St. Louis prosecutor sues city, police union, alleging racist ‘conspiracy’ to force her from office

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St. Louis Circuit Attorney Kim Gardner filed a federal civil rights lawsuit Monday over what she claims was a racist conspiracy by city officials and the local police union to remove her from office.

Gardner, who is black, alleges civil rights violations as well as violations of the Ku Klux Klan Act of 1871. The named defendants in the lawsuits are white.

The lawsuit names the city of St. Louis; the St. Louis Police Officers Association;  the police union's business manager, Jeff Roorda; and Gerard Carmody, a special prosecutor who indicted an investigator hired by Gardner, among others.

Roorda said the police union considers the lawsuit "frivolous and without merit." 

St. Louis Circuit Attorney Kim Gardner speaks Monday, Jan. 13, 2020, in St. Louis. 
(AP)

In her lawsuit, Gardner cites St. Louis' "long history of racial inequality and prejudice in its criminal justice system generally, and within its police force particularly."

She said the police union and others "have mobilized to thwart” her efforts to reform the city’s justice system by "the unprecedented appointment of a white, ethically conflicted Special Prosecutor" in an effort to oust her.

The lawsuit says the police union "has gone out of its way to support white officers accused of perpetrating acts of violence and excessive force against African American citizens." It cites Roorda's support of Darren Wilson, the white officer who was not charged but resigned after fatally shooting Michael Brown, a black teenager, in nearby Ferguson, Missouri, in 2014.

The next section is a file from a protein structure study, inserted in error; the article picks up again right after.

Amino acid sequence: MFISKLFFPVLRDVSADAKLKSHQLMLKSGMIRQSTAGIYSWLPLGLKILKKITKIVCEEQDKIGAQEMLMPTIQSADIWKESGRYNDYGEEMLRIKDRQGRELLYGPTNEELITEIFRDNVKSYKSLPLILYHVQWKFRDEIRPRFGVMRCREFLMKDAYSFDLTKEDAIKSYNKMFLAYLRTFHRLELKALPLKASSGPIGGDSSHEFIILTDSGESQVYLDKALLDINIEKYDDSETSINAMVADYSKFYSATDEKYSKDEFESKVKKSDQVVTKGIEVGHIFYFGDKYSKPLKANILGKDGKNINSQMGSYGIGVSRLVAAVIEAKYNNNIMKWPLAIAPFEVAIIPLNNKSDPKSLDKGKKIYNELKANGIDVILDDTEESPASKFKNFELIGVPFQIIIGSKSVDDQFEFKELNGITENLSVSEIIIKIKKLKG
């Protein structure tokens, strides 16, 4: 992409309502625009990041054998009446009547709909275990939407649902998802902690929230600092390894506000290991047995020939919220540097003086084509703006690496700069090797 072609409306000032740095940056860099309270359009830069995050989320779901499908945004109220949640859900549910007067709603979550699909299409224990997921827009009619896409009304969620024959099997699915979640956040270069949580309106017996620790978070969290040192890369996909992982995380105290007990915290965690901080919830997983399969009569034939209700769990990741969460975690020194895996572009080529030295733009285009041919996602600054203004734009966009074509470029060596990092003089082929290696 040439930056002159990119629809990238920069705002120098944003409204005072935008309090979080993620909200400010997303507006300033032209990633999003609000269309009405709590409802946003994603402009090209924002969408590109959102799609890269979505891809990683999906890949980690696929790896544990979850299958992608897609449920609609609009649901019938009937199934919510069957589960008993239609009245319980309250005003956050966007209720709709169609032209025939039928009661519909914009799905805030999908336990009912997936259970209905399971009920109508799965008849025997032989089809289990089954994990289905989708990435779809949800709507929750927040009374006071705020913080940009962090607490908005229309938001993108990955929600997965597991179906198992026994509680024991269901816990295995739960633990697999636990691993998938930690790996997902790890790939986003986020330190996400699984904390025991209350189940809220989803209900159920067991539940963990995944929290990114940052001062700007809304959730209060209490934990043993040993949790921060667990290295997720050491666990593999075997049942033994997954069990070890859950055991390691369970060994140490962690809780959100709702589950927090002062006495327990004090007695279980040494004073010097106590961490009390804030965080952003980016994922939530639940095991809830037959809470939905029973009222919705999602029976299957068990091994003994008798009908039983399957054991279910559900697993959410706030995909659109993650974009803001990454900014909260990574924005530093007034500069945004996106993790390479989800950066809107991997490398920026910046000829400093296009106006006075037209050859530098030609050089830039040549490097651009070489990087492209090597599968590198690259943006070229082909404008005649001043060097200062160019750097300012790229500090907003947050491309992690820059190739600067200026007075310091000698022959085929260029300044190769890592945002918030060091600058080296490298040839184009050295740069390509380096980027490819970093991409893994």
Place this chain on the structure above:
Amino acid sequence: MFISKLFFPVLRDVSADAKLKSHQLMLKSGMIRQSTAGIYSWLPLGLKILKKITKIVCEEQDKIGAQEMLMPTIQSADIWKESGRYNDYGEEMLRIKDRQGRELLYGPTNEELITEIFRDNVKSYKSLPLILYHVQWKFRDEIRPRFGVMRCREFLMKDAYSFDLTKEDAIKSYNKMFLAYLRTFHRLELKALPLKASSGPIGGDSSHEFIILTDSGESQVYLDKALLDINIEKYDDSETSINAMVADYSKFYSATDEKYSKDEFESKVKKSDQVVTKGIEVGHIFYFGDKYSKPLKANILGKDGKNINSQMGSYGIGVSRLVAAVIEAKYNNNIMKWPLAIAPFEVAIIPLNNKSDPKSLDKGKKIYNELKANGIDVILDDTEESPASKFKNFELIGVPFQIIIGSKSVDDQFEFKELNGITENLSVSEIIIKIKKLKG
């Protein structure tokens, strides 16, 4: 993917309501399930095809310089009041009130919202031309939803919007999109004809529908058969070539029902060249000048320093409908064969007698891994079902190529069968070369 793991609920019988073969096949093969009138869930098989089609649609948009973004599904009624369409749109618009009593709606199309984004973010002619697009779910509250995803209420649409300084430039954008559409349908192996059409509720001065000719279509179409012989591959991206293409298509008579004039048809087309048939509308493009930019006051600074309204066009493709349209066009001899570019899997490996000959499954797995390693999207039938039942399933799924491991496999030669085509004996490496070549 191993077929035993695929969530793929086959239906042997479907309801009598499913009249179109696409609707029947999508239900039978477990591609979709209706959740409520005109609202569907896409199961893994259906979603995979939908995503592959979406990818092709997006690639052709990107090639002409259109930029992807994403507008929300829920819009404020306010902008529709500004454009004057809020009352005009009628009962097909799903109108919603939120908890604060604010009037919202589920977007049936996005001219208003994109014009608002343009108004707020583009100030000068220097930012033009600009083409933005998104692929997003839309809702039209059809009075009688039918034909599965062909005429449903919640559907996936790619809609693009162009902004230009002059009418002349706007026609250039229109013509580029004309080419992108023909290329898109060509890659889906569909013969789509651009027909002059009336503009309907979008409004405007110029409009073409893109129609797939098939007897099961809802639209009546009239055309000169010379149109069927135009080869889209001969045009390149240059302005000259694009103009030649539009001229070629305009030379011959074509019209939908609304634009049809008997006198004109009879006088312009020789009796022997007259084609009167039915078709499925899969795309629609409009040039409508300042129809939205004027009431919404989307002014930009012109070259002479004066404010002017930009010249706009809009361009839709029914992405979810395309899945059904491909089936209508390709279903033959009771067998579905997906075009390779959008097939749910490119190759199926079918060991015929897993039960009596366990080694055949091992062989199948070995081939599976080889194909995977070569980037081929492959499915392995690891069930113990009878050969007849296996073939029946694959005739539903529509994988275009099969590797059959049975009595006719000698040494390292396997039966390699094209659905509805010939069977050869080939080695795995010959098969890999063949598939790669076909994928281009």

The lawsuit also cites how a black undercover officer was allegedly attacked by four white colleagues who mistook him for a protester during a 2017 demonstration. The police union provided lawyers after the officers were indicted by the U.S. Department of Justice.

Gardner's lawsuit said Carmody's appointment as special prosecutor was troublesome because of his lifelong friendship with Edward L. Dowd Jr., an attorney for former Missouri Gov. Eric Greitens.

Gardner, a Democrat, became the city's first African American circuit attorney when she was elected in 2016. Her policies were controversial from the start, but she drew her strongest criticism for hiring a private investigator, former FBI agent William Tisaby, rather than working with police to investigate claims that Greitens took a compromising photo of a woman during an extramarital affair.

The investigation led to a felony invasion of privacy charge. The charge was eventually dropped but led to Greitens’ resignation in June 2018.

Meanwhile, Greitens' attorneys accused Tisaby of perjury by lying during a deposition. Last June, Carmody indicted Tisaby for perjury. Tisaby denied wrongdoing and his case is still pending.

The indictment also raised concerns about whether Gardner was complicit in Tisaby's alleged crimes, saying she failed to correct his inaccuracies or report them, and that she made incorrect statements to defense lawyers and a judge.

The police union's Roorda called Gardner's lawsuit "a frantic ploy to distract the public from Gardner's court-ordered deposition on Wednesday" related to the probe into Tisaby's conduct.

The Associated Press contributed to this report.

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